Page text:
Jim Shead Waterways Photographer & Writer
Text and photographs copyright of Jim Shead.
Home Introduction Waterways List Waterways Map Links Books DVD Articles Photo Gallery
Features Contact me Glossary Boats Events List History Local Waterways Help Photo List

Top 100 Sites

  

Previous Article Next Article

This article More than a Mooring - Sawley Marina is the copyright of Jim Shead - The tenth of a regular series of articles on marinas and boatyards. First published in Waterways World July 2004.


 

Sawley Marina

by

Jim Shead

With a site of 26 acres, 23 acres of which is water, and 600 moorings Sawley Marina is the largest on the inland waterways. It is between Trent Junction, where the River Soar and Erewash Canal meet the River Trent, and Derwent Mouth, at the start of the Trent & Mersey Canal. This position with access to broad rivers and canals is reflected in the ratio of cruisers using the moorings, about 35% cruisers to 65% narrowboats, approximately three times the ratio found in a canal marina.

The history of the marina begins in 1962 when the Davison Brothers (Derrick, Keith and Raymond), who had previously built boats at Trent Lock, bought the site. They constructed workshops and a slipway for the construction of wooden narrow beam cruisers and narrowboats. It was not until the 1980s that the boatyard was turned into a marina by expanding into the gravel-working behind the original site. Later in the 1980s Sawley Marina Ltd was formed to develop the site and in 1999 it was sold to British Waterways. On the 1st January this year a new company British Waterways Marinas Ltd was set up as a wholly owned subsidiary of BW with 10 marinas and a five year plan to develop the company.
Contact:
Sawley Marina
Long Eaton
Nottingham
NG10 3AE
Telephone 0115 973 4278
Fax 0115 946 2129
Email - sales@braunstonmarina.co.uk
Website - www.sawleymarina.com

In charge of the marina is Rod Grant who has been there for 15 years, the last three as General Manager. After leaving school Rod worked in London's West End for 6 years before he joined Debenhams on a management development program. He worked with them for 12 years before joining Sainsbury's savacentre. After 2 years there he went into business with his brother-in-law. With a wealth of retail experience he then joined Sawley Marina Ltd to develop the retail side of their business. This is still a strong element of the business as can be seen in the large chandlery shop of about 4,000 sq. feet that stocks over 10,000 lines including outdoor leisure wear in addition to the normal boating items. This is not the only shop on site as the Doll's House Cottage Workshop is an independent business producing doll's houses, furniture and accessories and there is also a fully licensed restaurant which is run under a lease.

Boat sales are an important part of the business on both the brokerage side and more recently on sales of a new range of narrowboats and cruisers that they are developing. The narrowboats are commissioned from MCC Stenson Boatbuilders who build them a range of Gem boats in either semi-traditional or cruiser style, 31, 38, 50 or 57 foot, in a standardised range of quality build boats with a price of around 1,000 per foot. This has been very successful over the past 2 years and they are looking to extend the range with a 47-foot traditional layout to be launched at the Crick Boat Show. They are also planning a sail-away from MCC with various options as to the stage of completion right up to the 57-foot version, for people who may live aboard, with a kit of parts for the buyer to assemble. They have also pioneered the design of a 31-foot mid-cockpit in aluminium alloy that they have built by Sea-Otter boats and costs around 46,000. The take up has been fairly slow but they have now sold five of this unique design which is considered a success for the first year of the venture. There is a 41-foot version of this boat although up to now they have been concentrating on the 31-foot version. They are also in discussion with glass-fibre builders about narrowbeam cruisers.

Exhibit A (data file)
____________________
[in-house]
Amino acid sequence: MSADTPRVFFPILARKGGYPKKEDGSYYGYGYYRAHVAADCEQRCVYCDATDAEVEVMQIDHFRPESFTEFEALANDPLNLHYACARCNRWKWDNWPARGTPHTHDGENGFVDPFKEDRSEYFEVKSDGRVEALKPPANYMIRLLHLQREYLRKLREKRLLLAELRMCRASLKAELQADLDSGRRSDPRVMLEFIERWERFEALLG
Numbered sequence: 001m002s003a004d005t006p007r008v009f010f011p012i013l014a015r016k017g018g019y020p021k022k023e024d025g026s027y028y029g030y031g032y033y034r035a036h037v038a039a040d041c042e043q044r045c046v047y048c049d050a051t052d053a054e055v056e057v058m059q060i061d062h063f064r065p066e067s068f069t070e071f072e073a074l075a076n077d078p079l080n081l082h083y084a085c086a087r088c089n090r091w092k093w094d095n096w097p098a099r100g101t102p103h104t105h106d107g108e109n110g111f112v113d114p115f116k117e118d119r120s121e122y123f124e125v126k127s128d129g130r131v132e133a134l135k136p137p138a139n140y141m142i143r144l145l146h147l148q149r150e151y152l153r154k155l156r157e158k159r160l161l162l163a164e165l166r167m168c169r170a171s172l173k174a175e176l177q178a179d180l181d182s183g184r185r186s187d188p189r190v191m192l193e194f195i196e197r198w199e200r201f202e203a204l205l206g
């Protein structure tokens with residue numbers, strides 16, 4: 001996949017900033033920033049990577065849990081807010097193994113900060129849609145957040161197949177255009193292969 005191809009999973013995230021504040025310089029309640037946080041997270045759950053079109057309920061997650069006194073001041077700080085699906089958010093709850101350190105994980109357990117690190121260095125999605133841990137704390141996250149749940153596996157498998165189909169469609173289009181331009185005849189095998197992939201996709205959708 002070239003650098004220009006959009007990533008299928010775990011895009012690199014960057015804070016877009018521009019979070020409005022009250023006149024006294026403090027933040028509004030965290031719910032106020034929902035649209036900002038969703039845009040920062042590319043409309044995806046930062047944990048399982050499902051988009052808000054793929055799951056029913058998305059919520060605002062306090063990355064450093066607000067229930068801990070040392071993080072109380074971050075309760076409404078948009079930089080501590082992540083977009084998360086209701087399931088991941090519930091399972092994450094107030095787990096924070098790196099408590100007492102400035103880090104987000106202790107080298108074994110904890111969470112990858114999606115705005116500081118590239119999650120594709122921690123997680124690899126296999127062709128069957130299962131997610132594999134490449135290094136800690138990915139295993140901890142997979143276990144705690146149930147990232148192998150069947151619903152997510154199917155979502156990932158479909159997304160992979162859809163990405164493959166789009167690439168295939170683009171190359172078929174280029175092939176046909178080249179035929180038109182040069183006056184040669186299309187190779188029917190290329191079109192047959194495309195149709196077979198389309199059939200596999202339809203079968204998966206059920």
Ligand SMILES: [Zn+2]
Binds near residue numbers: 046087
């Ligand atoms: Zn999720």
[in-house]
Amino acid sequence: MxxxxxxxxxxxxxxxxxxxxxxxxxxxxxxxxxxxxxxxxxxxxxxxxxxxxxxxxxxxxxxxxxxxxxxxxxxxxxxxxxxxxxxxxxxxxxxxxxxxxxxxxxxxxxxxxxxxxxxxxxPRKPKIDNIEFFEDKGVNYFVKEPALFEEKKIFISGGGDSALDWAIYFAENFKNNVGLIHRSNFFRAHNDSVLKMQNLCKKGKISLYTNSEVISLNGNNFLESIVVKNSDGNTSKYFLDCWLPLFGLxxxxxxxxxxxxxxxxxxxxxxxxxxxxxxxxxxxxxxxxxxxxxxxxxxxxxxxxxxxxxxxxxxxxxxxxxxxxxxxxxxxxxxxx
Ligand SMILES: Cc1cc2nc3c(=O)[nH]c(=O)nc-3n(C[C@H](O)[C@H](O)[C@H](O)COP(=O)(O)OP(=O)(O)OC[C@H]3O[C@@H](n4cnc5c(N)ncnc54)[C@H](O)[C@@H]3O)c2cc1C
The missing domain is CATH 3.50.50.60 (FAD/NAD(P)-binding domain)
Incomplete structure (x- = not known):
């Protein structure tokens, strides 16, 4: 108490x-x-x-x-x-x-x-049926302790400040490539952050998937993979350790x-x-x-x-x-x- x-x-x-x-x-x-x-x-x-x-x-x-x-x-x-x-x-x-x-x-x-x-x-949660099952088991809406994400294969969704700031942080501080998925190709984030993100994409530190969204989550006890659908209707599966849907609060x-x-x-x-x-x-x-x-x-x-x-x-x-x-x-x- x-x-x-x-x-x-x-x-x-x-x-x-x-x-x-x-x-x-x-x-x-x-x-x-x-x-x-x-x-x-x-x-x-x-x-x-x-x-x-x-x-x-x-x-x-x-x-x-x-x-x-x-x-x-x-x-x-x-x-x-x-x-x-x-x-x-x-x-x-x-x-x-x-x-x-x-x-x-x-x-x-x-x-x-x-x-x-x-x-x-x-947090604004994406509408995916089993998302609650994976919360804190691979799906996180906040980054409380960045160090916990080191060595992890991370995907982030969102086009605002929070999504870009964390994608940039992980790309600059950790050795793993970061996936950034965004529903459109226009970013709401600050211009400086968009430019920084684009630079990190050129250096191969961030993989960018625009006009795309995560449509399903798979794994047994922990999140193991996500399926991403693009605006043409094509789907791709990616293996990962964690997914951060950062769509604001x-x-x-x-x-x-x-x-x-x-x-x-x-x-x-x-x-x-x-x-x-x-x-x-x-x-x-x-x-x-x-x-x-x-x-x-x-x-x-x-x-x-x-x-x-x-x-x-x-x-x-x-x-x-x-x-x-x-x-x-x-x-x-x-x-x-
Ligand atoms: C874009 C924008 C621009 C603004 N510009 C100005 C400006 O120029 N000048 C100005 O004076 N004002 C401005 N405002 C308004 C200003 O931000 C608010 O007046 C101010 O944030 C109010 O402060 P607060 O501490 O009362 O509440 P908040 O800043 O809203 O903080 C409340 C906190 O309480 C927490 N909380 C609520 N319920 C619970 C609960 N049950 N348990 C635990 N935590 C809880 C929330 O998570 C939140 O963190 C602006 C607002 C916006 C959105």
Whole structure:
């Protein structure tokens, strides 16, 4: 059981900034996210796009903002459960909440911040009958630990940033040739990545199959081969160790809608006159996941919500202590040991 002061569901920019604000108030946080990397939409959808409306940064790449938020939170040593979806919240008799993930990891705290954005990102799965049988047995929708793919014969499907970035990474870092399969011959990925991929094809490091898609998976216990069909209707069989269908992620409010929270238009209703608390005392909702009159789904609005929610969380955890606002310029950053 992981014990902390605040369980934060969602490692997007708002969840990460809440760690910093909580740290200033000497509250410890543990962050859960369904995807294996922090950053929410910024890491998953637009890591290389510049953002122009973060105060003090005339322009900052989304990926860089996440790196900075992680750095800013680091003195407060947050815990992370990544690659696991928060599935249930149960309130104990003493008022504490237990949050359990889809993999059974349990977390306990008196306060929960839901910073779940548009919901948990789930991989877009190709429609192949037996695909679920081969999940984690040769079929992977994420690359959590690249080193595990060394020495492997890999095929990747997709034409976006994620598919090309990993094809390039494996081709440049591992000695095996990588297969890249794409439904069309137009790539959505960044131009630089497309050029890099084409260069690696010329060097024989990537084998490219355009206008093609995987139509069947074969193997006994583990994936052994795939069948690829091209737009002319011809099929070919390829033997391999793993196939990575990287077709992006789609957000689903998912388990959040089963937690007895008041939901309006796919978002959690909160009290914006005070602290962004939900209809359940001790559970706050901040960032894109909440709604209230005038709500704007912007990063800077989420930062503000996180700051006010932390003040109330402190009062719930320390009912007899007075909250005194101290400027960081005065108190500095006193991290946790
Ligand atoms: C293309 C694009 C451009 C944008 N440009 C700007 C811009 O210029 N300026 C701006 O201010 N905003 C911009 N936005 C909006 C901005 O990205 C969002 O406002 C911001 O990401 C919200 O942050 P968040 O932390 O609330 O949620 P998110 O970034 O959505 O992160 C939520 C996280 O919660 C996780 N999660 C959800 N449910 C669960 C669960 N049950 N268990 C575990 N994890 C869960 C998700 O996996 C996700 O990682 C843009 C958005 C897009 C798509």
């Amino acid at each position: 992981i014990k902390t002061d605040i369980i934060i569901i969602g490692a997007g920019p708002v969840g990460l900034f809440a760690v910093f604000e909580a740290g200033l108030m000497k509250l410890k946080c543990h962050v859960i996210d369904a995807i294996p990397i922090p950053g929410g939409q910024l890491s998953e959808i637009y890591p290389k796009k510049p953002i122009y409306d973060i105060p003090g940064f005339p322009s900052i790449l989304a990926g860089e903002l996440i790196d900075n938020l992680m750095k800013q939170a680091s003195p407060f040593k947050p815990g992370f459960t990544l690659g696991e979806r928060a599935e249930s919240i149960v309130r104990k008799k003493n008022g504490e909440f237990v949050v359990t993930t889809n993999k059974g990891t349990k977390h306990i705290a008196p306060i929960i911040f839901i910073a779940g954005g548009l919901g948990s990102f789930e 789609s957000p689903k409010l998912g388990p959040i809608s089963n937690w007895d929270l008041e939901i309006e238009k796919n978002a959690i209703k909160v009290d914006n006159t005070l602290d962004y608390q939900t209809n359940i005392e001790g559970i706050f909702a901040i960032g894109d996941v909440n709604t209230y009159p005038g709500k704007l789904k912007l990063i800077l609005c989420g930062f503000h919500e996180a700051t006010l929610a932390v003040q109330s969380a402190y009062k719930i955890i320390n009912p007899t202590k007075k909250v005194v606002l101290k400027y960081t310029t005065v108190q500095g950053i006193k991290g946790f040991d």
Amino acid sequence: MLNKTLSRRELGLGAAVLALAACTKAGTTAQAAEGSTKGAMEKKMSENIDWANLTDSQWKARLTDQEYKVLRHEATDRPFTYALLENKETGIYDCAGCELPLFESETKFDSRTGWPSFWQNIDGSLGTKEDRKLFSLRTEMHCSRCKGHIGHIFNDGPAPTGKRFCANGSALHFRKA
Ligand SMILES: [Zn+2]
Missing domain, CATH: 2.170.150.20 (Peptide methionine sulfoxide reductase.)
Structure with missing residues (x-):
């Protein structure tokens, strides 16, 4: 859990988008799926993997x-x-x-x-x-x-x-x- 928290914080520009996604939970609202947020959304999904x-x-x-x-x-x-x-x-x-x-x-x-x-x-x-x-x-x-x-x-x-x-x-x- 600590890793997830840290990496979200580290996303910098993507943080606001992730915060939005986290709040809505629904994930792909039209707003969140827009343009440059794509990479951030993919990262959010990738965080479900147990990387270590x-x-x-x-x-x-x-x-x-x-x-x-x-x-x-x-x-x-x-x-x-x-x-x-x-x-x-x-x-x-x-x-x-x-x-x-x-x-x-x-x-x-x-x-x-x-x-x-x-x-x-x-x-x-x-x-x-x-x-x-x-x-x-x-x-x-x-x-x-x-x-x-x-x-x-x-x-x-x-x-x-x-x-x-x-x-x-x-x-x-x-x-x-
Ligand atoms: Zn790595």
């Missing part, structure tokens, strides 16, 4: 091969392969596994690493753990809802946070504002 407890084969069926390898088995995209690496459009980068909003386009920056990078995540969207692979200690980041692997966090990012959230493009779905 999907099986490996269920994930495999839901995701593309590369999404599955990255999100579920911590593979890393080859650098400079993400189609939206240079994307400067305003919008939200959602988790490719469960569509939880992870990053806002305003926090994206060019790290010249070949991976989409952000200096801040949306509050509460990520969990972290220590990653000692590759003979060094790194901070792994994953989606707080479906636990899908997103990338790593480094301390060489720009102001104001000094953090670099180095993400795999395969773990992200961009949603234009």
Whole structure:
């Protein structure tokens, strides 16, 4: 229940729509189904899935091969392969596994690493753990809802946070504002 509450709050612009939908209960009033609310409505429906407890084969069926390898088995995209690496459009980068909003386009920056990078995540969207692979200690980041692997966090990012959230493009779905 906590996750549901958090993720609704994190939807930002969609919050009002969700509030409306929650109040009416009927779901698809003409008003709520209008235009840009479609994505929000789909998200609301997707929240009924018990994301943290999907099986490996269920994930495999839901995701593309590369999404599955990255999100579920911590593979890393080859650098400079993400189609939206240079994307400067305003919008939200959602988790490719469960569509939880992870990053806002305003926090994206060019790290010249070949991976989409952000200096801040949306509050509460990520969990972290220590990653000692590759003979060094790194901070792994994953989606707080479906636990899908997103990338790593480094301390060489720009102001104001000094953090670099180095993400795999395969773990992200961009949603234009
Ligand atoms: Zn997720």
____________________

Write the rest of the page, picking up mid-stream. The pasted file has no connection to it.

For over two years the marina has been a base for Canaltime and now has a fleet of 55, which enjoy a high occupancy during the whole season. About 10 boats a day need to be turned round in three hours. There are two slipways, one in the boat repair yard and the other on the front that is predominantly used for launching customers boats, day boats or cruisers up to 23 or 24 foot. The boatyard has a crane for lifting larger boats. There is also a hard stand area at the front where a bigger crane can be brought in for larger craft.

The boat repair and service operation that is leased out to B & B Marine, a company run by Paul Baldwin. They do anything from the smallest job to a complete repaint of a boat. The repair yard doesn't have a dry dock but has a wet dock and hard standing for working on boats on the dockside. Another unit on the site is given over to the Derby & Sandiacre Canal Trust as head office and meeting room.

This is a marina that has everything you would expect of such a large site plus a few extras making it a one stop shop for boaters and an attractive place for all visitors.
Maggie Durham, Kelly Page, Rod Grant, Linda Molyneux..Looking across from the 'island' to the main offices.

  

Previous Article Next Article

Return to the main Articles Listing page

 

Jim Shead Waterways Photographer & Writer
Text and photographs copyright of Jim Shead.
Home Introduction Waterways List Waterways Map Links Books DVD Articles Photo Gallery
Features Contact me Glossary Boats Events List History Local Waterways Help Photo List